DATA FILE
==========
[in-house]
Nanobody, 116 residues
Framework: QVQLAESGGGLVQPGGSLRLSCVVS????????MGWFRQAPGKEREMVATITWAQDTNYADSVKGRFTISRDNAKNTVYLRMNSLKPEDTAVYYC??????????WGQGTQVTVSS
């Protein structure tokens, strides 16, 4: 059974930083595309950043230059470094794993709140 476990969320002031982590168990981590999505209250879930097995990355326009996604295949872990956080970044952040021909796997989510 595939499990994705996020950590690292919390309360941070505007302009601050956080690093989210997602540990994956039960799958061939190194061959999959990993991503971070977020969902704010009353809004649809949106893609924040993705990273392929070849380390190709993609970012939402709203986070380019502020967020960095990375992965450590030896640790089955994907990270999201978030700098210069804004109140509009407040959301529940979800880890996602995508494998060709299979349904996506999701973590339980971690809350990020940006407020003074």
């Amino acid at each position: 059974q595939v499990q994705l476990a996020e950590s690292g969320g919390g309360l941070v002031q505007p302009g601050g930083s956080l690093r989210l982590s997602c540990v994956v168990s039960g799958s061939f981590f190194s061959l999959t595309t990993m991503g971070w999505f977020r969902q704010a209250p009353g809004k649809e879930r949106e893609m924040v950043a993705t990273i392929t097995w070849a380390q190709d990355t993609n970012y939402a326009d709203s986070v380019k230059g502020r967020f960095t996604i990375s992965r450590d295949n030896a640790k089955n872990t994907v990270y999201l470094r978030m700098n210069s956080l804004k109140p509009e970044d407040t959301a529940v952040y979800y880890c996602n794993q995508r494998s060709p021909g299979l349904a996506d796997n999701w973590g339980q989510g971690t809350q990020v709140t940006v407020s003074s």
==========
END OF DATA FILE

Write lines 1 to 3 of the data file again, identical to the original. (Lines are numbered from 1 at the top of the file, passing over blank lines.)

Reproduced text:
[in-house]
Nanobody, 116 residues
Framework: QVQLAESGGGLVQPGGSLRLSCVVS????????MGWFRQAPGKEREMVATITWAQDTNYADSVKGRFTISRDNAKNTVYLRMNSLKPEDTAVYYC??????????WGQGTQVTVSS